How to Care for a Pothos

You might know it as Devil’s Ivy, Ceylon Creeper, or Epipremnum aureum, but most people know it simply as Pothos. Pothos is one of the most beloved houseplants available here in the US, and for good reason. It’s easy to care for and propagate, it looks gorgeous hanging in a window or over a bookshelf, and it comes in many different varieties. It’s generally disease and pest free. 

Pothos is a vine with heart-shaped leaves that belongs to the Araceae family. It is native to the Society Islands in the South Pacific (think Bora Bora), where it can grow up to 66 feet! Today you can find it growing wild in most tropical regions of the world, and it’s considered an invasive weed in some places. Indoors it usually only grows about 6 feet long. It’s on NASA’s list of air purifying houseplants, but it is toxic when consumed, so be sure to keep it away from pets that like to nibble on leaves. 

Types of Pothos

The most common type of Epipremnum is the aureum, AKA Golden Pothos. This variety is bright green with splashes of cream and gold. The leaves of a Golden Pothos generally grow larger than the other varieties.

Marble Queen is similar to Golden Pothos, but has even more splashes of cream and gold.

Pearls & Jade looks exactly like what you’re probably picturing from its name. It has dark green leaves with bright white splashes. This variety grows more slowly than the others. 

The most unique variety of Pothos is the Cebu Blue. It has arrow-shaped leaves that are a dark, greenish-blue. 

Golden Pothos

Satin Pothos is not a true Pothos (it’s scientific name is Scindapsus pictus), but it is a close relative and requires the same care. It has large, dark green leaves with silver splashes. I finally got my hands on one of these babies at Lepley & Co.’s grand opening at Northside Marketplace, and I couldn’t be happier with it!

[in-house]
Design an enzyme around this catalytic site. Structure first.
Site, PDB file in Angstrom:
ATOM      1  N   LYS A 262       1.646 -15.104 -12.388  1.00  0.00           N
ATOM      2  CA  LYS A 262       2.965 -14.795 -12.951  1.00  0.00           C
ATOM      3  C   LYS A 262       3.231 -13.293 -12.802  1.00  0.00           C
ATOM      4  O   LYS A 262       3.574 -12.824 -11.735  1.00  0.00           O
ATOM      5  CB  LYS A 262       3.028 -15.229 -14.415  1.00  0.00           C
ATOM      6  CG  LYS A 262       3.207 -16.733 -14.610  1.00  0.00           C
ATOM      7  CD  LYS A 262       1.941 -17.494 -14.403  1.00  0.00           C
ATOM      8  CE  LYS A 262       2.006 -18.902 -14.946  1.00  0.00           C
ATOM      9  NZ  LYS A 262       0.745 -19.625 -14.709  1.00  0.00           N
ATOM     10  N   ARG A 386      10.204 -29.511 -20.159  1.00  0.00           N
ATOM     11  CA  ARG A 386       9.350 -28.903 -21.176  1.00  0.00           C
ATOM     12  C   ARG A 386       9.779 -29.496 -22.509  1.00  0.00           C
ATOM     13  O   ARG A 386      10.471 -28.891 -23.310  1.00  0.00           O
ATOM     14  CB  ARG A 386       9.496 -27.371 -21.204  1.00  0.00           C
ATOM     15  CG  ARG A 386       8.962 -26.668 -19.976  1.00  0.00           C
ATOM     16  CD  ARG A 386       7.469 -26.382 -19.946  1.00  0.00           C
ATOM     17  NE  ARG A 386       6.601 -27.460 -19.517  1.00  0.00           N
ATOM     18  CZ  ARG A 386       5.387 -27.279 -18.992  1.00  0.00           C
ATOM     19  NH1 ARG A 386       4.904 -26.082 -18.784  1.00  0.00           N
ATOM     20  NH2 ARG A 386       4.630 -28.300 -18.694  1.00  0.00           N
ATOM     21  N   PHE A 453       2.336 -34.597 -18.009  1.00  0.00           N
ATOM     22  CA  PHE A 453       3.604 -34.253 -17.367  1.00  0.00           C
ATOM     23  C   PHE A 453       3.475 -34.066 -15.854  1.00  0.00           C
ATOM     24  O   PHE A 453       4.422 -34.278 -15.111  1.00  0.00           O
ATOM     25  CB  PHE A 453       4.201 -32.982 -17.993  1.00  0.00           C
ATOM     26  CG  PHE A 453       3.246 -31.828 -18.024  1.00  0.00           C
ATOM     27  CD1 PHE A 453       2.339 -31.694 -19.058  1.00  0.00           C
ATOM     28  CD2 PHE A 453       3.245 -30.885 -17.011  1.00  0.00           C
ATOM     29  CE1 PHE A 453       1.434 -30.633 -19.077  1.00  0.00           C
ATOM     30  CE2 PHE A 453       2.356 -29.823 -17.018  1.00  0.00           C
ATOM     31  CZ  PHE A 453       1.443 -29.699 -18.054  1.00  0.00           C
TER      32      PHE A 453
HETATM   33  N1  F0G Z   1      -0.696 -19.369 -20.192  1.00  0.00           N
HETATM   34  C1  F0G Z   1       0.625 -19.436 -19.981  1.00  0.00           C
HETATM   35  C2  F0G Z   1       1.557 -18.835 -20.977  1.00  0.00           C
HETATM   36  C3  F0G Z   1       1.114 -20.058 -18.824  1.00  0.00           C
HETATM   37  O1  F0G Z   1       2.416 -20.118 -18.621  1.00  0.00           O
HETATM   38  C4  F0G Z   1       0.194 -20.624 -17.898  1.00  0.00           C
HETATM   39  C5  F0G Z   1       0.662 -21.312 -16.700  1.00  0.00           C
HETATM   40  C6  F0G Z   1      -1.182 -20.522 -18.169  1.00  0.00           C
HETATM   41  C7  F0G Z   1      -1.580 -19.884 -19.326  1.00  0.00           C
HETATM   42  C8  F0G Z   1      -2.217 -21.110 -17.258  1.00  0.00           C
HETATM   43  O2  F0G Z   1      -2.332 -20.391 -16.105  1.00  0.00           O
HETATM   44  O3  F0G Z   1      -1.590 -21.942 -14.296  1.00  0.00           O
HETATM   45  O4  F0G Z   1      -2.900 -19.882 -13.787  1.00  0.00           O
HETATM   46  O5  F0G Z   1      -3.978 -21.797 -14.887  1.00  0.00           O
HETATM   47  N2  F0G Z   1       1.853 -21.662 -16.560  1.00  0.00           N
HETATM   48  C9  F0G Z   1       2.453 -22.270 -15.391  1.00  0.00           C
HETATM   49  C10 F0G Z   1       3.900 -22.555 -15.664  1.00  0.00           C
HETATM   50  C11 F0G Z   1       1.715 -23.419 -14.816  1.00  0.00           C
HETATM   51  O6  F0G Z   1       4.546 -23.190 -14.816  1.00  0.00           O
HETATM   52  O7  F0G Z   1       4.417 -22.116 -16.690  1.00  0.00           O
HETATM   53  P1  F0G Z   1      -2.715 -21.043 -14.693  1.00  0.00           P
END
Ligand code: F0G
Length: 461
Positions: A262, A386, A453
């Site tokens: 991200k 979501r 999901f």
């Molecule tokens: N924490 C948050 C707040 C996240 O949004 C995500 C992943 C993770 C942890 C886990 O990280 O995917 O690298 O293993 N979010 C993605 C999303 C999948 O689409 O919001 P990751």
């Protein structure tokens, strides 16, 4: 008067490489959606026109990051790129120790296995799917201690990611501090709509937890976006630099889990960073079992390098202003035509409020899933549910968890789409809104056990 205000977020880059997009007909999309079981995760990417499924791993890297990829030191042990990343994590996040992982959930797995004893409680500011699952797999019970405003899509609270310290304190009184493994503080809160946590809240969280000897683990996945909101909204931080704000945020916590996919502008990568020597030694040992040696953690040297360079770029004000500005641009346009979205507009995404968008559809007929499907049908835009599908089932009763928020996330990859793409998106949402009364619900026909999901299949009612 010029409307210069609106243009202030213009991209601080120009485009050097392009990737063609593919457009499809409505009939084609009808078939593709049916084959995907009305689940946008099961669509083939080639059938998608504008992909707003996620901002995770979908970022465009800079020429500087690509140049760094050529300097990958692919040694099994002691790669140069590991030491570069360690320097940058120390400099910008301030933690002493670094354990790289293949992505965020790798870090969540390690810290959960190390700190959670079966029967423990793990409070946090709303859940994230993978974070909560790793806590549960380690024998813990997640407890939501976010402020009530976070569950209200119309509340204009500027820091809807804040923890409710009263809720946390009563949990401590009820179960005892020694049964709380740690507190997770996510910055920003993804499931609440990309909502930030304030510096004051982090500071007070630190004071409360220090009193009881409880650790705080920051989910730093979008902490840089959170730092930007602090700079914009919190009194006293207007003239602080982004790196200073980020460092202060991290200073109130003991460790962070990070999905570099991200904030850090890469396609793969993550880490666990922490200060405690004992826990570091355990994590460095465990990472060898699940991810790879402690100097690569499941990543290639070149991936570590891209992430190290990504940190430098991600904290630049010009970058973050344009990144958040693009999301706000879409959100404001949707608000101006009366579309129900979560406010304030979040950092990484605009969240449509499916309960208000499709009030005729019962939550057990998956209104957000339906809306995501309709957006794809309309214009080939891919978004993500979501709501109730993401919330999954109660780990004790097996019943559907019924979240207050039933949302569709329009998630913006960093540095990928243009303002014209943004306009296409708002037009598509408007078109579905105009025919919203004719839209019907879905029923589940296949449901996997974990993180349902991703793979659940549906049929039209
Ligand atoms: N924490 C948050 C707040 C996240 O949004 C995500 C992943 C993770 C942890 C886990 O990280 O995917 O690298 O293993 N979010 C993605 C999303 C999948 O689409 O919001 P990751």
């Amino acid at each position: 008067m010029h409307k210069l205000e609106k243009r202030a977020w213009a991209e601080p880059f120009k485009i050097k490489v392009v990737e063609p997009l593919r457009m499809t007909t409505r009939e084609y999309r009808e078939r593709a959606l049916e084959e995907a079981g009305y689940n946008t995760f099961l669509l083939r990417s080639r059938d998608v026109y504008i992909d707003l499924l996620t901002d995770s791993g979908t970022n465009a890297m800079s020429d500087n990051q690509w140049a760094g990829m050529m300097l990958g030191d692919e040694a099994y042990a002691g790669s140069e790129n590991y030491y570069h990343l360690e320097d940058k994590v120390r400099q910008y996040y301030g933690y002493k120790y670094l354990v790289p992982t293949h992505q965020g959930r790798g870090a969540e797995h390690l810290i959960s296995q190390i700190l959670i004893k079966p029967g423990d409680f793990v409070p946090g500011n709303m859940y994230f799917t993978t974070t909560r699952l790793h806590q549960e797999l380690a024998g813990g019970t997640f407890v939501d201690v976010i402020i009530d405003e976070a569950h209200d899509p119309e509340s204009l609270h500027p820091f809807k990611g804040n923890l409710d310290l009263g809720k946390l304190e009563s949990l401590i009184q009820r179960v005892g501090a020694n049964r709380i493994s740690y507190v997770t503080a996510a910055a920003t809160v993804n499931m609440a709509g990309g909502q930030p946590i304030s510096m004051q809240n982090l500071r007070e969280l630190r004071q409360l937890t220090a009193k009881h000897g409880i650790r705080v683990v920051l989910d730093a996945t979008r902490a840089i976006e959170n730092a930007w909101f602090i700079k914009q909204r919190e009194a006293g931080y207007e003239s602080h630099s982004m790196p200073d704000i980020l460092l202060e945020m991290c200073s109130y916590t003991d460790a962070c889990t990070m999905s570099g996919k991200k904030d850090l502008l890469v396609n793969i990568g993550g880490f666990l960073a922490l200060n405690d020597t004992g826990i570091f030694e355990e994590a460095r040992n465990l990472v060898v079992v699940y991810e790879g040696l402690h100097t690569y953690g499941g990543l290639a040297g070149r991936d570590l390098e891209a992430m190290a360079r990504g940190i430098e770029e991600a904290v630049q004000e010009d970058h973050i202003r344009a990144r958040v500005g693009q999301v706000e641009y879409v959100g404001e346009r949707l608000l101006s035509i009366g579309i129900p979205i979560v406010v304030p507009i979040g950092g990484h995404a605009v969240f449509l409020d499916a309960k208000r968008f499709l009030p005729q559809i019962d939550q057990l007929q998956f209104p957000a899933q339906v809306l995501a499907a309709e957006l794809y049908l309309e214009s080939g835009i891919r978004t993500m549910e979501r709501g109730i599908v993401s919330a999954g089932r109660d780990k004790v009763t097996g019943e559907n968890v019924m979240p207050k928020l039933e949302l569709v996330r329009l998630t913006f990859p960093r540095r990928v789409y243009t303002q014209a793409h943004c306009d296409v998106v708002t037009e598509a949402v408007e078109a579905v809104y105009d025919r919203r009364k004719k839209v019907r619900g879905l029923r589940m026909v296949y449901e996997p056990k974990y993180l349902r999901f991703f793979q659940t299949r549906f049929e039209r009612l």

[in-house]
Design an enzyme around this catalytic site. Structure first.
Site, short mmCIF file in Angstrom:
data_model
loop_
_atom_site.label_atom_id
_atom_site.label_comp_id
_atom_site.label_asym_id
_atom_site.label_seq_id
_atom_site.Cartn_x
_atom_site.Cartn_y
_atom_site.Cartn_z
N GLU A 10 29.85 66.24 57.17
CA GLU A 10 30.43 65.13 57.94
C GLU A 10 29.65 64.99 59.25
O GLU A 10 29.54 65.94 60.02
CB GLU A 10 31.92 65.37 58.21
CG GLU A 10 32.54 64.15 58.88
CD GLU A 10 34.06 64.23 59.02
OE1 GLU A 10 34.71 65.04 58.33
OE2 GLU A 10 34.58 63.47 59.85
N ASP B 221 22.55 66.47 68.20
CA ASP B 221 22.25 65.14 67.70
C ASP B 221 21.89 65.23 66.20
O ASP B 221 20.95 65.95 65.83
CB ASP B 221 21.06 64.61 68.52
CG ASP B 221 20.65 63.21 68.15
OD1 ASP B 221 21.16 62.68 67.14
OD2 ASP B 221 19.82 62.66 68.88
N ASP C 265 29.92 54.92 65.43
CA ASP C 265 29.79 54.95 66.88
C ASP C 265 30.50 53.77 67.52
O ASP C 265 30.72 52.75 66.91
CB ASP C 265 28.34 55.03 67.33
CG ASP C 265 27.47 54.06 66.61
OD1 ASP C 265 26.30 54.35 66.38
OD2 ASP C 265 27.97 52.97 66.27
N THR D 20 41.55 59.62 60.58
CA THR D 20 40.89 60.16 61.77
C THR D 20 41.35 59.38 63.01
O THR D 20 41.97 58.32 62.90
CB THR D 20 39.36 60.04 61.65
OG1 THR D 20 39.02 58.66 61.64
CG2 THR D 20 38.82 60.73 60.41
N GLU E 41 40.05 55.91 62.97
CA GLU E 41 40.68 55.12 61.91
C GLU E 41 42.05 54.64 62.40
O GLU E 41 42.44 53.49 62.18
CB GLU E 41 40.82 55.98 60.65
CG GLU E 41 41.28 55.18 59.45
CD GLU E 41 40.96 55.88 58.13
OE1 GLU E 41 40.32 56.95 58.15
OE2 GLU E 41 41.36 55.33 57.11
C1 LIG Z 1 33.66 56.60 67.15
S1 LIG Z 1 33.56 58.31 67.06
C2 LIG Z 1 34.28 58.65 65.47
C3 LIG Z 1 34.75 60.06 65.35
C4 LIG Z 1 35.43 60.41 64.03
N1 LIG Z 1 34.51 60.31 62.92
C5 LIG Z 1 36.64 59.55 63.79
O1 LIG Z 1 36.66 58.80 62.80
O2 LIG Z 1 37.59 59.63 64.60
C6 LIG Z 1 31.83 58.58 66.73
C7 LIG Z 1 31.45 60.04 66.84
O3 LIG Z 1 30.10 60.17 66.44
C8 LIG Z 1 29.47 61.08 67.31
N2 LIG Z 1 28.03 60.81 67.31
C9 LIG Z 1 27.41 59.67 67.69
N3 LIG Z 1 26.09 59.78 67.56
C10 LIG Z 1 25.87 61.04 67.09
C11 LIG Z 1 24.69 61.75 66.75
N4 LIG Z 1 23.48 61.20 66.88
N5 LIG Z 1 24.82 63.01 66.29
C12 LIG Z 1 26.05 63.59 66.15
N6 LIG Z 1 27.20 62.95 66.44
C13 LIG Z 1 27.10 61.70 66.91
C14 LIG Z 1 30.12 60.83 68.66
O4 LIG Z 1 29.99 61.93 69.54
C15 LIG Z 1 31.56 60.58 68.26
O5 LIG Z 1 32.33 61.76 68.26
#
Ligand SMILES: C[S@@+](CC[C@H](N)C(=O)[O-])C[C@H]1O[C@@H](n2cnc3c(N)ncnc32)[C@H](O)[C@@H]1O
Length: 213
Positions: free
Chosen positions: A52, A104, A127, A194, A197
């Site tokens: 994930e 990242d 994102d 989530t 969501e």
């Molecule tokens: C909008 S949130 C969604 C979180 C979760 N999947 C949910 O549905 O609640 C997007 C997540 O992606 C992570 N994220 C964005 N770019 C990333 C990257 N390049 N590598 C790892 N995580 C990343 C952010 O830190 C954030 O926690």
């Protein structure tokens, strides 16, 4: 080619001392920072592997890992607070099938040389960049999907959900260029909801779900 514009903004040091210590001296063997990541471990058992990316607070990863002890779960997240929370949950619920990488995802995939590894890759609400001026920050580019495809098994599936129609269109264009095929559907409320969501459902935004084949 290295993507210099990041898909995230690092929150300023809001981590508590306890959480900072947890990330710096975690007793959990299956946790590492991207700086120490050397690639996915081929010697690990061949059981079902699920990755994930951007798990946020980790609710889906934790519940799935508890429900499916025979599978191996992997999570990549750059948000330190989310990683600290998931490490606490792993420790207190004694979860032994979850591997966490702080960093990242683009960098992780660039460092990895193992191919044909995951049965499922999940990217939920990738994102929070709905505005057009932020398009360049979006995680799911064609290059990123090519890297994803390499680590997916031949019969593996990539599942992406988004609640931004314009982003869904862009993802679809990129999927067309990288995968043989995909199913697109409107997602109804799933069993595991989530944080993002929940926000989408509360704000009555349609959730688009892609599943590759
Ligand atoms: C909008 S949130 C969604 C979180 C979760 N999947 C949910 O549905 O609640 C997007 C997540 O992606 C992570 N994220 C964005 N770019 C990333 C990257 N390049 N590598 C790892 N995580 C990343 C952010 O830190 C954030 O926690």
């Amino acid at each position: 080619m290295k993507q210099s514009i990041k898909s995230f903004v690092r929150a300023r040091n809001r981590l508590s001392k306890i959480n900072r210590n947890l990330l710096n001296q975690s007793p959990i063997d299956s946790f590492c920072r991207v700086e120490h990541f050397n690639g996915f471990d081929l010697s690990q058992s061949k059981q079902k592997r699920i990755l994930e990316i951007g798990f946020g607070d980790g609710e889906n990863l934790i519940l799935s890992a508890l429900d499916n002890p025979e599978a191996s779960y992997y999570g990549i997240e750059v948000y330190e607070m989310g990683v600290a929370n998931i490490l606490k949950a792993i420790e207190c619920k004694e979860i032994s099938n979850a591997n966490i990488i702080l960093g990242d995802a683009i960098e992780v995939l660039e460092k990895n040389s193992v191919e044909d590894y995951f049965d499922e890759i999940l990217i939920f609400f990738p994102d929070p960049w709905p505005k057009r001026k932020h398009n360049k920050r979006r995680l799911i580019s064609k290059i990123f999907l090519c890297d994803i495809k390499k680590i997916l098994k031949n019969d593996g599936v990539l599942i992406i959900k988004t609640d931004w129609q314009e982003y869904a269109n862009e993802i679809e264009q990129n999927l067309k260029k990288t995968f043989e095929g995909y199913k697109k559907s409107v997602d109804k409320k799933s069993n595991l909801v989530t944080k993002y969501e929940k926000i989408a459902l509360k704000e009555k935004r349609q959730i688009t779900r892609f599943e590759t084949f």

Satin Pothos from Lepley & Co

How To Care For A Pothos

Potting & Soil

The first step in taking good care of any houseplant is putting it the right pot and with the right soil. You want to find a pot that is just the right size for your plant – just slightly larger than its root system. If it’s in a pot that is too large, the soil will be too soggy after you water it and the roots could rot. If it’the pot’s too small, it will dry out too quickly and the plant will eat up all the nutrients in the soil too fast. Either way, your leaves could yellow and drop, and eventually your plant will die. ALWAYS use a pot that has at least one drainage hole in the bottom for excess water to escape. Repot only when the plant has outgrown the pot it’s in. You can tell it’s ready for an upgrade if you see roots coming through the drainage holes, or when it dries out immediately after watering. Sometimes a Pothos will start turning yellow or dropping leaves if it’s too cramped in its pot. When you do give your Pothos a new pot, make sure it’s only 1 or 2 inches larger than its current one.  

The root system of this Satin Pothos hadn’t yet filled the container I bought it in, so I used a pot that was about the same size.

Pothos aren’t too picky about their soil, so any quality potting mix will do. If you’re making your own mix or repurposing some used soil, I recommend supplementing it with some inorganic material to promote good drainage like pearlite, water retainers like coco coir or peat moss, and organic material like compost, wood bark, or worm castings for nutrients.